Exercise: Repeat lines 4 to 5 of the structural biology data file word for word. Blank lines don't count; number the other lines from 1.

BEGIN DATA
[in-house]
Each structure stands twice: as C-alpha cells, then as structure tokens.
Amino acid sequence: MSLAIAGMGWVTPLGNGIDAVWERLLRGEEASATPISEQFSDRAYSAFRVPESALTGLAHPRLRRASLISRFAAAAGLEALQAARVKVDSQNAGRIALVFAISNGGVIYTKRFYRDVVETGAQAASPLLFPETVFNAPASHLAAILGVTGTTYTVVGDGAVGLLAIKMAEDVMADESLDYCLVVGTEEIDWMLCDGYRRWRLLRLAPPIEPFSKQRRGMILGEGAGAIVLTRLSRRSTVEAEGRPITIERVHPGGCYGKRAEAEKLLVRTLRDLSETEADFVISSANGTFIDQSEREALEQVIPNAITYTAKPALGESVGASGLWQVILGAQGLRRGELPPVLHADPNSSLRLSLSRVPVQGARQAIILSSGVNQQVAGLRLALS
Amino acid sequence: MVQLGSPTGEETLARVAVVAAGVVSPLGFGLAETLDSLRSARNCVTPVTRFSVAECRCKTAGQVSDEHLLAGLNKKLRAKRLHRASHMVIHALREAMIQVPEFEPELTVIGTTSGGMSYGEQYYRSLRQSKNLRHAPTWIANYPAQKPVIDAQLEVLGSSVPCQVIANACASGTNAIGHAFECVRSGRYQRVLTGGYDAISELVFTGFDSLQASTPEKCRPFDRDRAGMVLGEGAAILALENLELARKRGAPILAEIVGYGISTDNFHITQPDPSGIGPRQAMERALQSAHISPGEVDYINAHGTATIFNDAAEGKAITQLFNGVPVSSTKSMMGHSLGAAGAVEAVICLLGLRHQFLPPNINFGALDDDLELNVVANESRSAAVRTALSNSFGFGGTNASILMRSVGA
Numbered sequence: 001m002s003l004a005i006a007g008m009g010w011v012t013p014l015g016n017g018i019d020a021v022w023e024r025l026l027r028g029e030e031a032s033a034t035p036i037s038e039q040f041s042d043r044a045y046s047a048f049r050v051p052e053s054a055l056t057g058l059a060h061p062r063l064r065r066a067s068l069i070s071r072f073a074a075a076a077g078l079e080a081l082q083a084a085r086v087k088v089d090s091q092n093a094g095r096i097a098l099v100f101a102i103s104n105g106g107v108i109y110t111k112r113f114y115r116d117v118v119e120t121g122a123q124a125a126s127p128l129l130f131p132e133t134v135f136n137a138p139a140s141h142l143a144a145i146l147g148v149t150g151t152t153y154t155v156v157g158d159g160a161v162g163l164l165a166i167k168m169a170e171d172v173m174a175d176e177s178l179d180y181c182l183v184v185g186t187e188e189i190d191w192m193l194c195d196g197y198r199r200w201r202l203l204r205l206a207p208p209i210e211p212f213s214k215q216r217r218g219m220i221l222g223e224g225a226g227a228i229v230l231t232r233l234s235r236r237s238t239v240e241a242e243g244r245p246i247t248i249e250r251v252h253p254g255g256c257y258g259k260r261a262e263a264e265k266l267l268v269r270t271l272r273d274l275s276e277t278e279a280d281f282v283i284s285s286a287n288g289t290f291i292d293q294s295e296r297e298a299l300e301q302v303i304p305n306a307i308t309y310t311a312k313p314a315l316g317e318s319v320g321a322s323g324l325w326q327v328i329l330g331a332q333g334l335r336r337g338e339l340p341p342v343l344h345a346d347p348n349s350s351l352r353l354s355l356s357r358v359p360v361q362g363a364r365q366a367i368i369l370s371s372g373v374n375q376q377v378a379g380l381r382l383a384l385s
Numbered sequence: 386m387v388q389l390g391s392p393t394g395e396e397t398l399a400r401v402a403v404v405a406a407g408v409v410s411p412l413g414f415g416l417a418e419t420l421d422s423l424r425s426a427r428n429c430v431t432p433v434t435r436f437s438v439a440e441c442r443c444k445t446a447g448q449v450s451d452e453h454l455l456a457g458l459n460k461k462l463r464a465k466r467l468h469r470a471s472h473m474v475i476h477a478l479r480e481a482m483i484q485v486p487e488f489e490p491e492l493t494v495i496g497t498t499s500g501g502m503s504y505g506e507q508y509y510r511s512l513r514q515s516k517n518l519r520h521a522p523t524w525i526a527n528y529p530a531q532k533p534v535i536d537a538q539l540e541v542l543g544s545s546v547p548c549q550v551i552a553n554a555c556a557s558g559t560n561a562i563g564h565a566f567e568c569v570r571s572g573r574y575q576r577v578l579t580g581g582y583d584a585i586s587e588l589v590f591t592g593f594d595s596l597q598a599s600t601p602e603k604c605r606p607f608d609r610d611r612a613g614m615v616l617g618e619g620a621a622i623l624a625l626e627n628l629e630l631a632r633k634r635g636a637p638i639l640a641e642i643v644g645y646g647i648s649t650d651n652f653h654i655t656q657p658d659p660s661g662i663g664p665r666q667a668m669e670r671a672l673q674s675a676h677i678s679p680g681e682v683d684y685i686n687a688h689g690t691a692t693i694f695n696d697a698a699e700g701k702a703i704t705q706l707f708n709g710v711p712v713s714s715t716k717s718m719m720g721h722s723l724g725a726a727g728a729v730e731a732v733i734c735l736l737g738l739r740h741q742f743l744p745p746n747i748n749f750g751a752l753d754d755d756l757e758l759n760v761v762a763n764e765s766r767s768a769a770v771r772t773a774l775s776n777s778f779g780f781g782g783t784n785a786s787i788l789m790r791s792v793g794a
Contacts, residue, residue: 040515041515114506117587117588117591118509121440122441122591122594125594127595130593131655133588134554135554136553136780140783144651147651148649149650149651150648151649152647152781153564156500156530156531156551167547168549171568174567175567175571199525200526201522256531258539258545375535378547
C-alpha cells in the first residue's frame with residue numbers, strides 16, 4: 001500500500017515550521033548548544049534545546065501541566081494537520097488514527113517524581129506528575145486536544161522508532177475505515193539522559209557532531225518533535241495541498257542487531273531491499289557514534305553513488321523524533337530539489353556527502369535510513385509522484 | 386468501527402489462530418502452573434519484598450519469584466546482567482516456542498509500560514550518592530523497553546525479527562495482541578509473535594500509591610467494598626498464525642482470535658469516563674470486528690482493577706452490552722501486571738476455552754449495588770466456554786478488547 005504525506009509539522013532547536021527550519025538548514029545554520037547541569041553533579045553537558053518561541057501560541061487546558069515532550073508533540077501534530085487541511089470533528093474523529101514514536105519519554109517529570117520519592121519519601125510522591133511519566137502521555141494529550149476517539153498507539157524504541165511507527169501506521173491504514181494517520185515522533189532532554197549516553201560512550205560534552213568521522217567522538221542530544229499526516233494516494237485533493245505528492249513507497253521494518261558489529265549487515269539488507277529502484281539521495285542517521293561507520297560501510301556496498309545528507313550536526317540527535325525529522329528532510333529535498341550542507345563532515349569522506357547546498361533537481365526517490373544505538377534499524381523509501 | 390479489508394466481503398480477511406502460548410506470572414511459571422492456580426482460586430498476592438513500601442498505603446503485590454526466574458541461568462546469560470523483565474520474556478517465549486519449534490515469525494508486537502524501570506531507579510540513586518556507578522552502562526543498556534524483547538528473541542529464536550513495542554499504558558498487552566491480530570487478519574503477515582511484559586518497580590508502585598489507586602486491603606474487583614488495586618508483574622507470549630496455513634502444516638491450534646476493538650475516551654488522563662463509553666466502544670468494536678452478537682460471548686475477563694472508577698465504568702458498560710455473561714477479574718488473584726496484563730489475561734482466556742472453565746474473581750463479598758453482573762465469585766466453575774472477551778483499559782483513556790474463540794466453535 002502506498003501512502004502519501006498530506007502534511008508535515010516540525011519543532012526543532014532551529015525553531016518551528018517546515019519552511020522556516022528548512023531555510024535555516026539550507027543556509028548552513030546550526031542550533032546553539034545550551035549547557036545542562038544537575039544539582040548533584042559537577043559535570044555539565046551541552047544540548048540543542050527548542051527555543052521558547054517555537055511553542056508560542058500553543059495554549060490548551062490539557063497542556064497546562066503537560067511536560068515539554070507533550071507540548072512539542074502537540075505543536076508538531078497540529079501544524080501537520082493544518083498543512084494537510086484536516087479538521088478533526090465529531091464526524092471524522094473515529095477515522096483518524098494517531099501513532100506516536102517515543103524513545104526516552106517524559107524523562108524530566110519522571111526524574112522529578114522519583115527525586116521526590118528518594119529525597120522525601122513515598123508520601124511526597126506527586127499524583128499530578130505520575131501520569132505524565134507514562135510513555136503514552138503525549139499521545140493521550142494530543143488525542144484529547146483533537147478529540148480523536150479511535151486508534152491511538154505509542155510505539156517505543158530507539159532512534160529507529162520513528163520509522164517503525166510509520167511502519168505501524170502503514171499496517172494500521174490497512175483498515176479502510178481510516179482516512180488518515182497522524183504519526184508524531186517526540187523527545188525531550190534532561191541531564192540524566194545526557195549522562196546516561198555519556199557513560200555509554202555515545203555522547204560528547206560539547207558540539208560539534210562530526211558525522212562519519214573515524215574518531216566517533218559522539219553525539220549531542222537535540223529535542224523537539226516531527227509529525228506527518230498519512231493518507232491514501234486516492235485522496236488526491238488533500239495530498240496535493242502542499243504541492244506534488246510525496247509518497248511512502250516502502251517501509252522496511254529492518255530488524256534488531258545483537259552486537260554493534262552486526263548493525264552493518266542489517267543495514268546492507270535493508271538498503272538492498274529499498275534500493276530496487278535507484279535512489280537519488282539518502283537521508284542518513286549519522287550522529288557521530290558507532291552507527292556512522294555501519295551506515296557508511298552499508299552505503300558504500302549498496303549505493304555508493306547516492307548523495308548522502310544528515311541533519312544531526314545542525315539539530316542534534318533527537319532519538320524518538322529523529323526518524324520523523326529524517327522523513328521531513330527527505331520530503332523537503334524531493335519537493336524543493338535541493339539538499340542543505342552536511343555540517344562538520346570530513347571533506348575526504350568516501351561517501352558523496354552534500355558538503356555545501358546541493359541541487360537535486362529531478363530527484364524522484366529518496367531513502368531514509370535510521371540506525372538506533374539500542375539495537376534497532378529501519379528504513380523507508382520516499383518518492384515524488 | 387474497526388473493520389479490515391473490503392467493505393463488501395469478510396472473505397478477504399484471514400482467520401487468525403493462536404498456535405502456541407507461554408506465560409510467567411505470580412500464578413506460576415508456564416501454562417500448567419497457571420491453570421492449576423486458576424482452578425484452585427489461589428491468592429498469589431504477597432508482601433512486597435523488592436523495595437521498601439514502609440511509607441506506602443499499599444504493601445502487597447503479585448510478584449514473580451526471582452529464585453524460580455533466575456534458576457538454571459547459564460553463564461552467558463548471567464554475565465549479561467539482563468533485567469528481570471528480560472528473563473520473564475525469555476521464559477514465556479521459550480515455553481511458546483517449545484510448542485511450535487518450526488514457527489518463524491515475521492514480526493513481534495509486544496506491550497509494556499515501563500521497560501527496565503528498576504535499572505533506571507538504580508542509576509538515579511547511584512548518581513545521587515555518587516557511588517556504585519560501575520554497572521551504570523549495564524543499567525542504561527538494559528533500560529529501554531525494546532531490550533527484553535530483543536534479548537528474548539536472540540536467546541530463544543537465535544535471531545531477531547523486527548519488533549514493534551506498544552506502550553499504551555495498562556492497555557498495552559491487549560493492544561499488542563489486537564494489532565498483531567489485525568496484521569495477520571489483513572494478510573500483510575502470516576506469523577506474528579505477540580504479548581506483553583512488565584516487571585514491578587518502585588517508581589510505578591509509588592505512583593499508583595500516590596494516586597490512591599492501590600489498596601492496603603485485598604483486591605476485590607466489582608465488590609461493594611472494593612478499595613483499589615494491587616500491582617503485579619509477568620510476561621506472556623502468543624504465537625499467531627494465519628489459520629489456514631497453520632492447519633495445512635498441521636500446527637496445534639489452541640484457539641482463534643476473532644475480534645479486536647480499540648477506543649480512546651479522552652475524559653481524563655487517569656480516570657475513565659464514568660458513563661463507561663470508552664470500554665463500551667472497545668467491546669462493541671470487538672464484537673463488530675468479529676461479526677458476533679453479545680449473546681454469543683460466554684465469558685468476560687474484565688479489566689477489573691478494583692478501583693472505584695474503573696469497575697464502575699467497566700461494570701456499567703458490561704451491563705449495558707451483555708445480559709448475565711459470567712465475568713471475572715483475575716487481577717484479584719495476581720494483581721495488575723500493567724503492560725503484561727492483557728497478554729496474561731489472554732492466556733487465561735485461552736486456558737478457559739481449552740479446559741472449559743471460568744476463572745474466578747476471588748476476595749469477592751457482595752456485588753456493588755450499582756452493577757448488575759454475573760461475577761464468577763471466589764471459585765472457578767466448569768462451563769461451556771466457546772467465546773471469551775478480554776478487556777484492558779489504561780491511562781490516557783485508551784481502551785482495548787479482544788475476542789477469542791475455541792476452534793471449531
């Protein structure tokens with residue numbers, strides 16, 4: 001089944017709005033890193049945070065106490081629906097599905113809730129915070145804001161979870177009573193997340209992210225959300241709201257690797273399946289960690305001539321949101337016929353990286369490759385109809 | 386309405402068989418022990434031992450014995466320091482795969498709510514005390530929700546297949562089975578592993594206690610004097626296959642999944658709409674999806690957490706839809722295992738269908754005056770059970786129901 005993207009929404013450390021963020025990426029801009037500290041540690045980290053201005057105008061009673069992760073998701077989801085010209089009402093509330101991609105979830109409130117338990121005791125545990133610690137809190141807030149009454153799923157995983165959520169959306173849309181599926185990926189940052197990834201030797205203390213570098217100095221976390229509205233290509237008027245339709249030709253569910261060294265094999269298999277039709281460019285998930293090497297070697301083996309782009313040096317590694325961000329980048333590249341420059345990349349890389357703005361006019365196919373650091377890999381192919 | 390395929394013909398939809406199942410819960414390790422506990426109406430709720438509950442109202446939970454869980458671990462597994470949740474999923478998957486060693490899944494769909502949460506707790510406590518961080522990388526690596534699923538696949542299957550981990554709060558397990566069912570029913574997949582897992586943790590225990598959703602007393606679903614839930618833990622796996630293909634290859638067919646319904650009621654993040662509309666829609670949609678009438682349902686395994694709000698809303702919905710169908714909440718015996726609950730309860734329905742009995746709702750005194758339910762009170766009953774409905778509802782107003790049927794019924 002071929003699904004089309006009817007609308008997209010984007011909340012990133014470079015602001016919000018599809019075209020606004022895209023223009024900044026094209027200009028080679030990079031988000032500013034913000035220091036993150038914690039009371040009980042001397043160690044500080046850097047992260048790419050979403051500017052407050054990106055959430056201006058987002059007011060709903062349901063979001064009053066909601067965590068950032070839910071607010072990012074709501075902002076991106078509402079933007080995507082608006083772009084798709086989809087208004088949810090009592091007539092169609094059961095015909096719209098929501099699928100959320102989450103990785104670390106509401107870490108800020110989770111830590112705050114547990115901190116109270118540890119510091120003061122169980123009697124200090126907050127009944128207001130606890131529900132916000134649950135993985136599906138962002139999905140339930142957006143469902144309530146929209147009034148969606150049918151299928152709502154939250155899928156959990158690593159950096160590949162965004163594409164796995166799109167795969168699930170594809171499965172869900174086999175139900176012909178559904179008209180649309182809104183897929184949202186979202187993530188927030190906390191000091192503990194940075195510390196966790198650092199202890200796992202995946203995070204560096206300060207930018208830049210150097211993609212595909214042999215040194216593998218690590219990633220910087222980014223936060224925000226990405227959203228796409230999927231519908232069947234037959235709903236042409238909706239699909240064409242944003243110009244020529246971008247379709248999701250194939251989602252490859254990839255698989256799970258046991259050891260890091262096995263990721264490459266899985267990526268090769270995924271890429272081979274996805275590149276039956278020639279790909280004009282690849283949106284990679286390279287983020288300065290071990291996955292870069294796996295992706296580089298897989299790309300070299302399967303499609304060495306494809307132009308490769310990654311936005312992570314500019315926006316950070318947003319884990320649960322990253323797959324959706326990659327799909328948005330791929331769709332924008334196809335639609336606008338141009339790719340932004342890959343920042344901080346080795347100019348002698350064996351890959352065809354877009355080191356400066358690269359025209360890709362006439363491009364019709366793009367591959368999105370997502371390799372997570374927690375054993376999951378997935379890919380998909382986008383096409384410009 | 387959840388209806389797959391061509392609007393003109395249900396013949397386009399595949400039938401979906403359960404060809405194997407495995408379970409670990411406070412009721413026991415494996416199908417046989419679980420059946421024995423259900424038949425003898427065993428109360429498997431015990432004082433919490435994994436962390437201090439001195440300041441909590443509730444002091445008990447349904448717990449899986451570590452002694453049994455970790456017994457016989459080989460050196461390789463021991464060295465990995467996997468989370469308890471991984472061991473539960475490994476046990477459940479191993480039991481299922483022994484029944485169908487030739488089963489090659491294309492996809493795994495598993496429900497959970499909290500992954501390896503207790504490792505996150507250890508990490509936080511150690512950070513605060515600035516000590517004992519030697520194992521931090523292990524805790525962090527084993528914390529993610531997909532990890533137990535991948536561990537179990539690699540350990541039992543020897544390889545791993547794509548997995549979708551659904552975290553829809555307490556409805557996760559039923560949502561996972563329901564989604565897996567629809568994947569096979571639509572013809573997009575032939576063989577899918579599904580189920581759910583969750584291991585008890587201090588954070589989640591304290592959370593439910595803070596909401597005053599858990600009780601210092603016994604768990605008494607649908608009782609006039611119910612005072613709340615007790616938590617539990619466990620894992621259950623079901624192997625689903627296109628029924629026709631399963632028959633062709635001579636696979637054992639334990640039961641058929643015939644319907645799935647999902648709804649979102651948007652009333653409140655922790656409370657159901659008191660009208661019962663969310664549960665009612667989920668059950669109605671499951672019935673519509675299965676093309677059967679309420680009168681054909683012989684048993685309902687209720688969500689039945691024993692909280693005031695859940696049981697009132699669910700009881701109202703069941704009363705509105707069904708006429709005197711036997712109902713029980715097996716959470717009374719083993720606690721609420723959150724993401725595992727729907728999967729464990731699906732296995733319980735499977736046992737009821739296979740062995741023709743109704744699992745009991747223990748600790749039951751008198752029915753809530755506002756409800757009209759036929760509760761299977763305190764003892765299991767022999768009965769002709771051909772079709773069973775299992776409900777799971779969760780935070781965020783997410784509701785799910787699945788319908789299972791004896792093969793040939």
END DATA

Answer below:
Amino acid sequence: MVQLGSPTGEETLARVAVVAAGVVSPLGFGLAETLDSLRSARNCVTPVTRFSVAECRCKTAGQVSDEHLLAGLNKKLRAKRLHRASHMVIHALREAMIQVPEFEPELTVIGTTSGGMSYGEQYYRSLRQSKNLRHAPTWIANYPAQKPVIDAQLEVLGSSVPCQVIANACASGTNAIGHAFECVRSGRYQRVLTGGYDAISELVFTGFDSLQASTPEKCRPFDRDRAGMVLGEGAAILALENLELARKRGAPILAEIVGYGISTDNFHITQPDPSGIGPRQAMERALQSAHISPGEVDYINAHGTATIFNDAAEGKAITQLFNGVPVSSTKSMMGHSLGAAGAVEAVICLLGLRHQFLPPNINFGALDDDLELNVVANESRSAAVRTALSNSFGFGGTNASILMRSVGA
Numbered sequence: 001m002s003l004a005i006a007g008m009g010w011v012t013p014l015g016n017g018i019d020a021v022w023e024r025l026l027r028g029e030e031a032s033a034t035p036i037s038e039q040f041s042d043r044a045y046s047a048f049r050v051p052e053s054a055l056t057g058l059a060h061p062r063l064r065r066a067s068l069i070s071r072f073a074a075a076a077g078l079e080a081l082q083a084a085r086v087k088v089d090s091q092n093a094g095r096i097a098l099v100f101a102i103s104n105g106g107v108i109y110t111k112r113f114y115r116d117v118v119e120t121g122a123q124a125a126s127p128l129l130f131p132e133t134v135f136n137a138p139a140s141h142l143a144a145i146l147g148v149t150g151t152t153y154t155v156v157g158d159g160a161v162g163l164l165a166i167k168m169a170e171d172v173m174a175d176e177s178l179d180y181c182l183v184v185g186t187e188e189i190d191w192m193l194c195d196g197y198r199r200w201r202l203l204r205l206a207p208p209i210e211p212f213s214k215q216r217r218g219m220i221l222g223e224g225a226g227a228i229v230l231t232r233l234s235r236r237s238t239v240e241a242e243g244r245p246i247t248i249e250r251v252h253p254g255g256c257y258g259k260r261a262e263a264e265k266l267l268v269r270t271l272r273d274l275s276e277t278e279a280d281f282v283i284s285s286a287n288g289t290f291i292d293q294s295e296r297e298a299l300e301q302v303i304p305n306a307i308t309y310t311a312k313p314a315l316g317e318s319v320g321a322s323g324l325w326q327v328i329l330g331a332q333g334l335r336r337g338e339l340p341p342v343l344h345a346d347p348n349s350s351l352r353l354s355l356s357r358v359p360v361q362g363a364r365q366a367i368i369l370s371s372g373v374n375q376q377v378a379g380l381r382l383a384l385s